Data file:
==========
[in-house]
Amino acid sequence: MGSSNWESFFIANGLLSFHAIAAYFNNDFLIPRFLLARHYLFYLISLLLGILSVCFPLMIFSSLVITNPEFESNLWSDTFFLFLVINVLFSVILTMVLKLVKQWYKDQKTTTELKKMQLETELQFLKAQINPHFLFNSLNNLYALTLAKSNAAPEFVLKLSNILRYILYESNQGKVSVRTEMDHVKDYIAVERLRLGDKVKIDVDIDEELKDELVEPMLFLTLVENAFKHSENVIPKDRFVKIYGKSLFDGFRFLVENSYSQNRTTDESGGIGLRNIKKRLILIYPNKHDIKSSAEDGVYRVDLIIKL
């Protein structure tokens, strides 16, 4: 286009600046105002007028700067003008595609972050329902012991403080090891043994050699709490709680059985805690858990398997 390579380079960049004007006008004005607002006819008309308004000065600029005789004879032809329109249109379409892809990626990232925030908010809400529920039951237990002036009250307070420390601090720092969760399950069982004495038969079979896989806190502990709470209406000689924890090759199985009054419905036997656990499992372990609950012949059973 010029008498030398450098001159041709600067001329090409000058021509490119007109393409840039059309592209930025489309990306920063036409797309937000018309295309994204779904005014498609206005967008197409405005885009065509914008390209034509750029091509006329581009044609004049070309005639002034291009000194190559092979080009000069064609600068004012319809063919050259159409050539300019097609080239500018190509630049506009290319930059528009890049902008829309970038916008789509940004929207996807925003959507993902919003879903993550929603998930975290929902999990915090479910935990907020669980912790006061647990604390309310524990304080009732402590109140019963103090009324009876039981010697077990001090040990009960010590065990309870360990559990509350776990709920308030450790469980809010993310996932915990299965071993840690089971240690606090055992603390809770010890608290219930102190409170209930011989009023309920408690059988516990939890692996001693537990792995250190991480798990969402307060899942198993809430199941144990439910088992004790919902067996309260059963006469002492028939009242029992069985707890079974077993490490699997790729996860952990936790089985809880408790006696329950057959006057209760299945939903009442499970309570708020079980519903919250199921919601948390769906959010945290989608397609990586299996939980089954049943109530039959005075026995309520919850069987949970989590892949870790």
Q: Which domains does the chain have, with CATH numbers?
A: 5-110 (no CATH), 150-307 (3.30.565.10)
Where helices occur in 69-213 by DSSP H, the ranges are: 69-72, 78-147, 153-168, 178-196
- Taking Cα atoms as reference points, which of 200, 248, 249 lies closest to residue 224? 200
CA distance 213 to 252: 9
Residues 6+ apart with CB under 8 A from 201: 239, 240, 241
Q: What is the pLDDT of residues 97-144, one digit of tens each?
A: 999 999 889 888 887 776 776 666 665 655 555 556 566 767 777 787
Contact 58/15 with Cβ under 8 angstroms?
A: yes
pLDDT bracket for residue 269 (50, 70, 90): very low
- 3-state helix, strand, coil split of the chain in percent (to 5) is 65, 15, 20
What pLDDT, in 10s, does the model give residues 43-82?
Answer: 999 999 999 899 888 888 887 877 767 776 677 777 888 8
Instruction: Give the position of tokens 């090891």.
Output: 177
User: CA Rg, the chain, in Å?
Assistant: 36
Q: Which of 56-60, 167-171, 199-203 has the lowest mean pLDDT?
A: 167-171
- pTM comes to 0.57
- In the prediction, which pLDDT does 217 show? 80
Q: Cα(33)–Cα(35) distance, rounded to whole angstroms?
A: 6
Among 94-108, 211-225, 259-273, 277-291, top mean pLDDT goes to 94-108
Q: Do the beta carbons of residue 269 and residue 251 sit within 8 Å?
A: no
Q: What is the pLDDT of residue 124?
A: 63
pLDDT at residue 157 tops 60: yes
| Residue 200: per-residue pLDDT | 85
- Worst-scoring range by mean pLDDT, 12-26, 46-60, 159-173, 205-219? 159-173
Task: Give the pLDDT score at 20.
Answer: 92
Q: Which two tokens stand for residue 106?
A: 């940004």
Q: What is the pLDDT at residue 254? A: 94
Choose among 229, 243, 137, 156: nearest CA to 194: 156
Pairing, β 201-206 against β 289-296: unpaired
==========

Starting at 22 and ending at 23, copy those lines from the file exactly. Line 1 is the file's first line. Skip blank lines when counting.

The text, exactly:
Q: Which of 56-60, 167-171, 199-203 has the lowest mean pLDDT?
A: 167-171